Michael Burke: The deflationary trends gripping the economy are a very serious threat to any recovery and a magnification of the crisis in government finances. Michael Taft has recently highlighted the problem of deflation in a recent posting here, arguing that, "Deflation comes with a very high price – one of them is that it increases the deficit and debt burden. A comparison of the Exchequer Balance in the first quarters of 2009 and 2010 highlights this:
• Q1 2009: -11.2 percent of GNP
• Q1 2010: -13 percent of GNP
The reason for the deterioration is not the amount of deficit but rather the falling value of GNP. If GNP nominal value remains sluggish throughout the year, we may find an ever increasing deficit and debt burden".
Meanwhile, from another angle the CPI out today confirms the deflationary trend. Prices have risen in the last 5 months, but are 0.9% below a year ago and 6.7% below the September 2008 level. The starting-point of deflation is significant as it coincides with the announcement of first government steps down the long path of fiscal 'austerity'.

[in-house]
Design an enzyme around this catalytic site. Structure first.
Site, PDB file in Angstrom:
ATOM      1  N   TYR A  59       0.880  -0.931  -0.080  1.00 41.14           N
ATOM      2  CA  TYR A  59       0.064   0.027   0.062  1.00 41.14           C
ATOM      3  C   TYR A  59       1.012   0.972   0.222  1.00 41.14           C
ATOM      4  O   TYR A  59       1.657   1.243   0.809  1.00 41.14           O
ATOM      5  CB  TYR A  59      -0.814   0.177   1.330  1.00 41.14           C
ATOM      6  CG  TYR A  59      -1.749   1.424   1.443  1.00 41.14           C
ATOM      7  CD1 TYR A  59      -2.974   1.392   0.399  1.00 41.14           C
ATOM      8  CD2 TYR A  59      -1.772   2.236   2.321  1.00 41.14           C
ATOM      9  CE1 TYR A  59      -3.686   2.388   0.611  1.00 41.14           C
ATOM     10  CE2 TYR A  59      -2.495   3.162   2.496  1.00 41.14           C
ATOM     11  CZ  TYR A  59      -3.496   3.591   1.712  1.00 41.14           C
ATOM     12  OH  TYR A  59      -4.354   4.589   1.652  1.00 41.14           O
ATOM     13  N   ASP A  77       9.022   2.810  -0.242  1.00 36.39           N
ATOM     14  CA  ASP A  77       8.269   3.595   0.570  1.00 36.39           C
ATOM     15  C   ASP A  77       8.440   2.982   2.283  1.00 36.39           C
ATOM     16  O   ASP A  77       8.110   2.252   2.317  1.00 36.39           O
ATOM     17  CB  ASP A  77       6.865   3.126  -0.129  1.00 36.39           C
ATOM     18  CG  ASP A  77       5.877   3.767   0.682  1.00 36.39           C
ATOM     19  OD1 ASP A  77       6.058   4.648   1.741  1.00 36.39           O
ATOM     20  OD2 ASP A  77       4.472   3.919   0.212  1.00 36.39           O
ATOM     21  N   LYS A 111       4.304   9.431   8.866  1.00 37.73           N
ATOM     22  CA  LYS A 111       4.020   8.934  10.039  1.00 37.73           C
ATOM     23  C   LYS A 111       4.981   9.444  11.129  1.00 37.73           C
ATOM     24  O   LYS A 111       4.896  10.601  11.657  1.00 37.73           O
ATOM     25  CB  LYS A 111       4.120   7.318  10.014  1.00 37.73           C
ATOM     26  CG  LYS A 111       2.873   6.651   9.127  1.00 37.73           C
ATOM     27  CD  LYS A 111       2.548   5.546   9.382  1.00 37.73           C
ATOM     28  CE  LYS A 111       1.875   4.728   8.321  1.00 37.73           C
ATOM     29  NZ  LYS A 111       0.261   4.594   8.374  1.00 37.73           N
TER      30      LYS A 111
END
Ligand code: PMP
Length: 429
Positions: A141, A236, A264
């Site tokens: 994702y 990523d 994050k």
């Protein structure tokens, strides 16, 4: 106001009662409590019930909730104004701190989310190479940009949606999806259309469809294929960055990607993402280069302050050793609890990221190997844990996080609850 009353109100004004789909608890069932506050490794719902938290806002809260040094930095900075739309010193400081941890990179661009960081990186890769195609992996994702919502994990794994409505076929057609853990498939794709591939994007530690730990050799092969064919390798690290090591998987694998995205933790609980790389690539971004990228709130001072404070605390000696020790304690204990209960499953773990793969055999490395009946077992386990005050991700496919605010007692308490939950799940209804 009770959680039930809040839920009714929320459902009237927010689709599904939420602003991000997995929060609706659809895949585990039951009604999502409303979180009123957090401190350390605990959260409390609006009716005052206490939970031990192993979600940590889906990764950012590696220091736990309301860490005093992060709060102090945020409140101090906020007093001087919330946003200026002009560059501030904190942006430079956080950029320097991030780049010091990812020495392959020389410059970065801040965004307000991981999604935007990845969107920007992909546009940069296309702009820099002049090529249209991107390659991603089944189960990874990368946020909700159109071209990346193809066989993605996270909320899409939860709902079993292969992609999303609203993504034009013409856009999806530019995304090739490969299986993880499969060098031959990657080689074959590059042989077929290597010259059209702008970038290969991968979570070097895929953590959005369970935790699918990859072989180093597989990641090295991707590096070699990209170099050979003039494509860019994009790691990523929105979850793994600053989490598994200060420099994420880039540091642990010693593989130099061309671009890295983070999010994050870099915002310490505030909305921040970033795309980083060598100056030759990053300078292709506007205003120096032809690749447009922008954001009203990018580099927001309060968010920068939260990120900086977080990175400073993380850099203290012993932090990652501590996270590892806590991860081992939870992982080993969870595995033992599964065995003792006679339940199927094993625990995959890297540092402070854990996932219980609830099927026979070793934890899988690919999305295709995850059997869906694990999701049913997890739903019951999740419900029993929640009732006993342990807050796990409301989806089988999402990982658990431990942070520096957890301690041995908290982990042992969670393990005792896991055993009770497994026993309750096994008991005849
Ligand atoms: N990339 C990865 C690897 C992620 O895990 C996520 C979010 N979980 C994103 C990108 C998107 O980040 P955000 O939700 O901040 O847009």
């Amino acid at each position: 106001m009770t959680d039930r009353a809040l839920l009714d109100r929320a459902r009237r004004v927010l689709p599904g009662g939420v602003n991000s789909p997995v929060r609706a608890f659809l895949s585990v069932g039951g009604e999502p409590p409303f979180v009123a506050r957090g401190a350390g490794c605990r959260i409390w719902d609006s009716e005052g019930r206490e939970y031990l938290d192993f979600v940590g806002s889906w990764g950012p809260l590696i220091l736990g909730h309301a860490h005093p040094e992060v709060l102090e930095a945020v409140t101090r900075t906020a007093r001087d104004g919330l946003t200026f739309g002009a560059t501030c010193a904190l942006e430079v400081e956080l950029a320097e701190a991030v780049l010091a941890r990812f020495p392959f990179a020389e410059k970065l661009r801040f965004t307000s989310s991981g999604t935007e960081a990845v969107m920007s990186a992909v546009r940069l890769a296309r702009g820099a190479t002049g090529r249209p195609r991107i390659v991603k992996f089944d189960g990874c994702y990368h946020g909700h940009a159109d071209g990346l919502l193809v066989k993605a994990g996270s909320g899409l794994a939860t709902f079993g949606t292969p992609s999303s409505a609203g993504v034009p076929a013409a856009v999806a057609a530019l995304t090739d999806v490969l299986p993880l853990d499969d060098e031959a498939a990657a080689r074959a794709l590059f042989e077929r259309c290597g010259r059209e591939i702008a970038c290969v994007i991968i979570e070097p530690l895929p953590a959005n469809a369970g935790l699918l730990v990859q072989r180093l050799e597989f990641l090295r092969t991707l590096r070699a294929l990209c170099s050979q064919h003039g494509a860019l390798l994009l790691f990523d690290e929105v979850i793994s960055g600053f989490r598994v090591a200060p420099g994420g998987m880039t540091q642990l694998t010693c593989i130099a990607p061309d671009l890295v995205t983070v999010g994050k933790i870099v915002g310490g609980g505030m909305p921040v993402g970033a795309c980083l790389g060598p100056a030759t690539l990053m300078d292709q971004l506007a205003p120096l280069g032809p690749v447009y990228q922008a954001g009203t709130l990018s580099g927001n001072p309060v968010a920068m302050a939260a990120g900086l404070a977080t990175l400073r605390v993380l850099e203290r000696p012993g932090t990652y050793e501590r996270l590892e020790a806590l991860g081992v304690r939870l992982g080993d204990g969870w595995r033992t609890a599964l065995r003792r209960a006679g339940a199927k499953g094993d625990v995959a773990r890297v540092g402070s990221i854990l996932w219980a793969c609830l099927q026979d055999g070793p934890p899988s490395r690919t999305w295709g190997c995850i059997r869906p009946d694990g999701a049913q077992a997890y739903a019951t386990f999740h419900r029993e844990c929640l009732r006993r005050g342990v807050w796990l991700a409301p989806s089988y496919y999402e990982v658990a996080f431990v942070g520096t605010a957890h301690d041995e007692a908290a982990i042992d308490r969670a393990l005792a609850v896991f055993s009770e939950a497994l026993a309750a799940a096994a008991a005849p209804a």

That rebound is not part of some fantasy of economic recovery. Disgracefully, it is administered prices that are rising sharply. So, while furnishings and household equipment prices have fallen by 4.6% in the latest 12 months, food and non-alcoholic drink prices down 5.4% and clothing and footwear prices down 11.2%; energy prices are up 9.5%, and mortgage interest up 16.5%. Housing, water gas and electricity costs combined have risen by 4.3% in the last 3 months alone. Otherwise, deflation continues to grip all the non-administered consumer prices in the economy.
In effect these are government tax increases via price rises at state and semi-state utilities and they hit the poorest hardest because they disproportionately spend more of their incomes on basic utilities. They are combined with price-gouging by mortgage lenders where variable rates now range from 2.62% to 4.6%, even though the ECB base rate on which they generally rest is unchanged. As the mortgage website says the primary reason for that is fattening profit margins at the lenders, "However we expect the [interest] rate curve to continue upwards for the following reasons:
Increasing margins required by lenders (recent increases by Bank of Ireland for example)"
So the bulk of the economy is gripped by deflation. But there is significant inflation elsewhere through increases in indirect taxes, which hurt the poor, and through gouging by lenders.
The worst of both worlds.